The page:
Pamela Aall: We take a different approach, recognizing the desire for greater levels of local ownership in security management in many regions. But we also recognize that this desire, and the capability to act on this desire, varies from region to region. A central question of this book is whether regional responses to conflict are sometimes more effective than global—or externally directed—responses. This question is far from theoretical: it addresses the very core of global and regional security concerns. Should the international community invest heavily in regional organizations, or should it bolster the United Nations, allowing it to plan a central organizing and legitimating role in regional/global conflict management? Are there any institutions, whether international or regional, that can address a region’s security concerns?

Chester A. Crocker: In this book, we asked experts from each region to help us understand the regional approaches. Together, they provide us with insight into which security threats and global or regional instabilities are likely to affect security over the next five years; how existing regional/subregional institutions, political authorities, and civil society are responding to these challenges; the nature of conflict management and security gaps and how should they be filled; and the implications of this evolution of regional challenges and capacity for U.S. foreign policy, the United Nations, and other actors and institutions in the international system.

Why do countries choose to act on a regional basis?

Chester A. Crocker: The best explanation we can offer is that cooperation on conflict management arises when there is a widespread perception of a common threat and general agreement on (or convergence toward) conflict management norms—that is, agreement on how to proceed in the face of security challenges and on specific conflict management needs.

Is the regionalization of conflict management capacity effective?

Fen Osler Hampson: The answer that grows out of the collection of chapters in this book is, it depends. It depends on the strength of the commitment to act regionally, but it also depends on the nature of the conflict. When global actors have an interest in a conflict’s trajectory—as in Iraq and Afghanistan—regional actors tend to be marginalized. When one of the conflict parties is against outside involvement in a peacemaking effort (the example of Kashmir comes to mind), regional participation could be counterproductive. The advantage that regional actors have over other outsiders is their deeper and more nuanced familiarity with the conflict, its players, and dynamics, as well as their strong interest in the outcome of the conflict management initiative, especially in cases where the conflict has leaked over borders.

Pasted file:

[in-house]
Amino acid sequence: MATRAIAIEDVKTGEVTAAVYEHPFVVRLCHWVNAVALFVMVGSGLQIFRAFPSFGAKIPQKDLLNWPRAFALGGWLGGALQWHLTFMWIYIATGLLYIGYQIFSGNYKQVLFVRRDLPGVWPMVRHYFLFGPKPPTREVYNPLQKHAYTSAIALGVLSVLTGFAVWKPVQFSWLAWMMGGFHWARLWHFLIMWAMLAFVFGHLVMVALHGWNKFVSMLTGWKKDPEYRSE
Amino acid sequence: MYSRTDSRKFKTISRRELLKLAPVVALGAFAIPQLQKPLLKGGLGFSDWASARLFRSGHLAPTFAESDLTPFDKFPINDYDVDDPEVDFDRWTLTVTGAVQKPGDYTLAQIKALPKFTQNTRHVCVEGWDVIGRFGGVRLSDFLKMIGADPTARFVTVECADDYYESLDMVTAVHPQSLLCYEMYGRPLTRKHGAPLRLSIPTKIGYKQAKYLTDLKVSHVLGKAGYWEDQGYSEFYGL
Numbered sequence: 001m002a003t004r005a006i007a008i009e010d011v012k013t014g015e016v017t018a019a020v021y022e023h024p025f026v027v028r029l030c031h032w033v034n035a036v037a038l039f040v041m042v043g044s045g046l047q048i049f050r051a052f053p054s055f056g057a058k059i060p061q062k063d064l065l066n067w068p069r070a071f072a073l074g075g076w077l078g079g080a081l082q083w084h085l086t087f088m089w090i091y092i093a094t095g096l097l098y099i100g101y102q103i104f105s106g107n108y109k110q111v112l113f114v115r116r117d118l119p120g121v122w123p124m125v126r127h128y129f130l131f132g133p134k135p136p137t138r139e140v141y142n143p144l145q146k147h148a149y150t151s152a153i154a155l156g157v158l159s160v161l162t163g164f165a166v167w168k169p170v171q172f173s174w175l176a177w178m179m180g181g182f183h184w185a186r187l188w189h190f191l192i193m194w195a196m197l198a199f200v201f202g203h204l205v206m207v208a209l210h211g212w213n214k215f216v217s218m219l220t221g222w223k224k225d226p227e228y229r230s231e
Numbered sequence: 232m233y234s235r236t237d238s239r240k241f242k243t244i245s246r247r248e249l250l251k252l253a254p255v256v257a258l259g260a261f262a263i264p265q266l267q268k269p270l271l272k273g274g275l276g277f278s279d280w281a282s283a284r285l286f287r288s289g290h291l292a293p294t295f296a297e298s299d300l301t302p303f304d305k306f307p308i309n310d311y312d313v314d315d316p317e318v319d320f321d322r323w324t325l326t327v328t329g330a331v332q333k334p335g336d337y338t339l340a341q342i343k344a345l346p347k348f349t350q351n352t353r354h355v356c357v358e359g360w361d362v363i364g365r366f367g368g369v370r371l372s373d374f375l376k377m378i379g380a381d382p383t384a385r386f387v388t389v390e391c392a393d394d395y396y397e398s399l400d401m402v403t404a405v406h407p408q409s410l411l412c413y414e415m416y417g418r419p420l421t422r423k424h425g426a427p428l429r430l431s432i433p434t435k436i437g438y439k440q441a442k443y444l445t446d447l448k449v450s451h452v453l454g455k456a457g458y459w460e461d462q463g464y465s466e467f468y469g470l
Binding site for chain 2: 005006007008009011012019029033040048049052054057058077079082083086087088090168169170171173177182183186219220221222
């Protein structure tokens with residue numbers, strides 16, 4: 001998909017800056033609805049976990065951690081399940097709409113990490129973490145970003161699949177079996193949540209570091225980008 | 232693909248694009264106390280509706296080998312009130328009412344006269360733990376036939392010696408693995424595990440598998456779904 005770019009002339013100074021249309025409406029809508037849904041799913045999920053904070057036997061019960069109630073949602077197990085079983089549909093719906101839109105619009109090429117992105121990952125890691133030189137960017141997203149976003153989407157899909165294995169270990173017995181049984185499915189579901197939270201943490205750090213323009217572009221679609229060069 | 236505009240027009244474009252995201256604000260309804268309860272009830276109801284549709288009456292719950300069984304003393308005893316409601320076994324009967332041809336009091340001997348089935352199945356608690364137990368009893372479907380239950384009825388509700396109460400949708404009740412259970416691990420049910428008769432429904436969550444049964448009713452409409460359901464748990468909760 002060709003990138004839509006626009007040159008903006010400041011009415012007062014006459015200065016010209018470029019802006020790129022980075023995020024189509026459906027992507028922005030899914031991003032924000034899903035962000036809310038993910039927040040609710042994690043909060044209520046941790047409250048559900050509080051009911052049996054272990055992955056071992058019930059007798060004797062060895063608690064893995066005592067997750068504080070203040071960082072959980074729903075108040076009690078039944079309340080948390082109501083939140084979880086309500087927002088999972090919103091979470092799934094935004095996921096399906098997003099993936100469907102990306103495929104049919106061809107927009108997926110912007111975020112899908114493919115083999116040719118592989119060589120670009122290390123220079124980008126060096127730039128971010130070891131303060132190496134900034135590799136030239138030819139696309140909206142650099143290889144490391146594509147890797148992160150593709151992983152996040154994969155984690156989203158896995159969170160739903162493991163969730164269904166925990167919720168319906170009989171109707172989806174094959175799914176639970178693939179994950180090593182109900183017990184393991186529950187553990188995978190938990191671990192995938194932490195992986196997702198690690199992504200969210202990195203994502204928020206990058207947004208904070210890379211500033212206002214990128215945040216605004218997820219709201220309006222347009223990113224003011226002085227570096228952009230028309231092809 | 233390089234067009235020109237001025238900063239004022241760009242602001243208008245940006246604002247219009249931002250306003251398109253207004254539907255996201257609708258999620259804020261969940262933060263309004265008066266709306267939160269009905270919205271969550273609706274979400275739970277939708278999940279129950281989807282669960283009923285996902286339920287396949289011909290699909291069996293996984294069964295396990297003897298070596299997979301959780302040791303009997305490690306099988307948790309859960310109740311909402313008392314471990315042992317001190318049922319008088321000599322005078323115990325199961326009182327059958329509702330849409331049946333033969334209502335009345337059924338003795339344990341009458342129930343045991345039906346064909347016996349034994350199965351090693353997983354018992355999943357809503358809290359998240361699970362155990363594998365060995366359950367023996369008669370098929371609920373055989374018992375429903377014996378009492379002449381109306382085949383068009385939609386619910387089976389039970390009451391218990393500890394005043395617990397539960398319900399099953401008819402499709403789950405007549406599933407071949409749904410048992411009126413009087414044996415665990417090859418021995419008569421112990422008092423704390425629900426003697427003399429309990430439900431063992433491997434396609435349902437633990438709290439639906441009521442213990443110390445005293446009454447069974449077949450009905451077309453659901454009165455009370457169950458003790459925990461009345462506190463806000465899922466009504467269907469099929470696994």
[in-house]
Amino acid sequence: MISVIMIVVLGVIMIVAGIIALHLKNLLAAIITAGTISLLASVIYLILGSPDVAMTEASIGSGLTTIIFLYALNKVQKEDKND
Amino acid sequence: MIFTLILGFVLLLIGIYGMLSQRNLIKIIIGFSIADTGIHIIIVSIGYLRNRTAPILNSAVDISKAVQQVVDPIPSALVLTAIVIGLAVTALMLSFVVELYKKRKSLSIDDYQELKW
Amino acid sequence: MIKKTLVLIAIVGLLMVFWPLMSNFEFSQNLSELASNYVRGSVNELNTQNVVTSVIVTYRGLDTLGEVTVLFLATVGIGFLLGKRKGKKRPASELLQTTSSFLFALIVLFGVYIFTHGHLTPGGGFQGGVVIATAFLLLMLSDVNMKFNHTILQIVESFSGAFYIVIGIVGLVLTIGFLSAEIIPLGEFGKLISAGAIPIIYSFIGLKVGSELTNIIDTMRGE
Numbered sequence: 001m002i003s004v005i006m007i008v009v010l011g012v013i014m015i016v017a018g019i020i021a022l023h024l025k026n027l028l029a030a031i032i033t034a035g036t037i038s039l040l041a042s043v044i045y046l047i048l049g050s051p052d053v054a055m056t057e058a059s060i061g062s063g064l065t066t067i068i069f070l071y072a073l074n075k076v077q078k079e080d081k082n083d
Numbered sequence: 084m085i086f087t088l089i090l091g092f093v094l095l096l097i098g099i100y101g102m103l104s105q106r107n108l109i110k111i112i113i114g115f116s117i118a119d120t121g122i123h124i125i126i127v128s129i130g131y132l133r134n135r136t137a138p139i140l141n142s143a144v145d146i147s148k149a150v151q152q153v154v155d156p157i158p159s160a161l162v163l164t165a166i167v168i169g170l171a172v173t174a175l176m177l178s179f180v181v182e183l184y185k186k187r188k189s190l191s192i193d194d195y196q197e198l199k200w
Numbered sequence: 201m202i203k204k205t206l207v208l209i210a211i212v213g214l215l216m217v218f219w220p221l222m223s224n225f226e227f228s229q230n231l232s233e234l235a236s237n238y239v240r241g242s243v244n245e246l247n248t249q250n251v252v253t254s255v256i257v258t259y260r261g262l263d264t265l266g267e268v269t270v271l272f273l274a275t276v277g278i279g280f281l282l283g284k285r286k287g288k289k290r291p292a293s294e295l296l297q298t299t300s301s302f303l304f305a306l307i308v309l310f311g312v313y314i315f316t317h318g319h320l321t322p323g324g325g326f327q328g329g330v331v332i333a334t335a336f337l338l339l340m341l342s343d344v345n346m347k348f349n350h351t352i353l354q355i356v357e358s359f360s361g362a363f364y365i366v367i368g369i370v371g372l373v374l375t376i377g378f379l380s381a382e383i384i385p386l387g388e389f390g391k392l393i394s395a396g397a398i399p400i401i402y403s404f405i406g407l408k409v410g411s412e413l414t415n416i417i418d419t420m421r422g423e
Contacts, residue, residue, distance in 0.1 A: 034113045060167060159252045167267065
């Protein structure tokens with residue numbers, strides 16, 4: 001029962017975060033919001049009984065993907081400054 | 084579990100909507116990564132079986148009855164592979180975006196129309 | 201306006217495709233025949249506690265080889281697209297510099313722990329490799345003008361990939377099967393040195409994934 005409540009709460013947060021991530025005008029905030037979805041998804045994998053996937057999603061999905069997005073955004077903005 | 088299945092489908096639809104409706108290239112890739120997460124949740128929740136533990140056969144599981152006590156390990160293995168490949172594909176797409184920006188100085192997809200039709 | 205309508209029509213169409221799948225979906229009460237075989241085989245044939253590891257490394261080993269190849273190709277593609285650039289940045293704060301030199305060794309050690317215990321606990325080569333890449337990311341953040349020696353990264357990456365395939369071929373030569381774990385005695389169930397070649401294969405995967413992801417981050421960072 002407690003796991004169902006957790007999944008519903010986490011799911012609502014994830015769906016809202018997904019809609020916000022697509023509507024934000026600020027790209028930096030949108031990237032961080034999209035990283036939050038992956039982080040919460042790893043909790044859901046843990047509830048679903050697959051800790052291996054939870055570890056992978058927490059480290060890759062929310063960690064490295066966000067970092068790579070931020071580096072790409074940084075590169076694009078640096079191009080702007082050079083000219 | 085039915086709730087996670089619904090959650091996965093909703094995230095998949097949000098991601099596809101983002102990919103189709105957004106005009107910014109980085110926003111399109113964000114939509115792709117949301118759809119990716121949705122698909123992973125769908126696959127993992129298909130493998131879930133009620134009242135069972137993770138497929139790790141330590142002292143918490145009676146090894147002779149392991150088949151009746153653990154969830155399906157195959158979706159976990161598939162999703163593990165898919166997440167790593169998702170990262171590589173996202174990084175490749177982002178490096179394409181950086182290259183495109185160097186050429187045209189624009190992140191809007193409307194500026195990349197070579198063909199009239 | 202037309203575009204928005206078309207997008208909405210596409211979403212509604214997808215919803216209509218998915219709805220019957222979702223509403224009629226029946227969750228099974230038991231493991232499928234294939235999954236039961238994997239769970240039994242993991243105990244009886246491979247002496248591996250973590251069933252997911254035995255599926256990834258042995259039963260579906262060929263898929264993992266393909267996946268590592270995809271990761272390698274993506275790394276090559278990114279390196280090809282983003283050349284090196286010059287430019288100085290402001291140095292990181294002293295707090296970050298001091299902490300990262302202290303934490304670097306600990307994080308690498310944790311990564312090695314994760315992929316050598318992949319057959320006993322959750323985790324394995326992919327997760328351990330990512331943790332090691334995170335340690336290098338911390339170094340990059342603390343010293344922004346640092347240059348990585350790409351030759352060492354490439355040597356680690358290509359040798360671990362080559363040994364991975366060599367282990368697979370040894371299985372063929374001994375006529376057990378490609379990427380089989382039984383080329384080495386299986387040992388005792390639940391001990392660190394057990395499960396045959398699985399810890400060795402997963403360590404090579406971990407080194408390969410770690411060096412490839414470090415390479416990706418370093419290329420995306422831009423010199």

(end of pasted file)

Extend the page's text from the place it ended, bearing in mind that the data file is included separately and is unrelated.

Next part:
But this volume also highlights the problem of focusing on effectiveness in this field. There is no gold standard for conflict management against which to measure all peacebuilding initiatives. However, the sheer volume of activity on a regional basis reflects both the real desire by regions to participate in their own conflict management efforts and the lack of leadership at the global level. The DIY peacebuilding approach grows as much out of a desire to create conflict management capacity as it does out of the lack of an alternative, where the big “construction firms”—the United States and the United Nations—are otherwise occupied. Under either circumstance, a more interesting question than “Is the regionalization of conflict management capacity effective?” would be “Are there mechanisms that could allow regional engagement to maximize its strengths and minimize its weaknesses?”

In the concluding chapter, you describe an evolution toward collective conflict management (CCM). What does this term mean?

Pamela Aall: Through our examination of regional conflict management, we found evidence of continuing interest in working collaboratively in responding to conflict, but now on an expanded scale and no longer tied to decisive action by the United Nations or a powerful state to organize the response. CCM is an emerging phenomenon in which countries, international and regional/subregional organizations, and nonofficial institutions or private actors address potential or actual security threats by acting together to end the violence; assist with a negotiated settlement; deal with the political, economic, and/or social issues that underlie the conflict; and/or provide political, diplomatic, and economic guarantees or other long-term measures to improve conditions for a sustainable peace.

How will CCM affect regional security arrangements in the years ahead?

Chester A. Crocker: CCM is a relatively new pattern of cooperation in international affairs with no organizational center or universal rules of the road. As a result, the practices of various coalitions may  differ greatly, depending on who is practicing and what the circumstances of the conflict are. A defining feature of these relatively cooperative ventures is that they span global, regional, and local levels in terms of their institutional membership or actor composition. CCM ventures also typically involve a combination of public (intergovernmental) and private (nonstate) partners.

We do not foresee an age of autarchic self-sufficiency in the world’s regions. Rather, we conclude that CCM could become more common and take a wide variety of forms. We anticipate that conflict management arrangements will increasingly be task- and situation-determined, improvised within less formal mandates or rules, and developed spontaneously in response to the needs and interests of those who participate. In a sense, regions will be the test beds from which new patterns of collective action and new protonorms may emerge.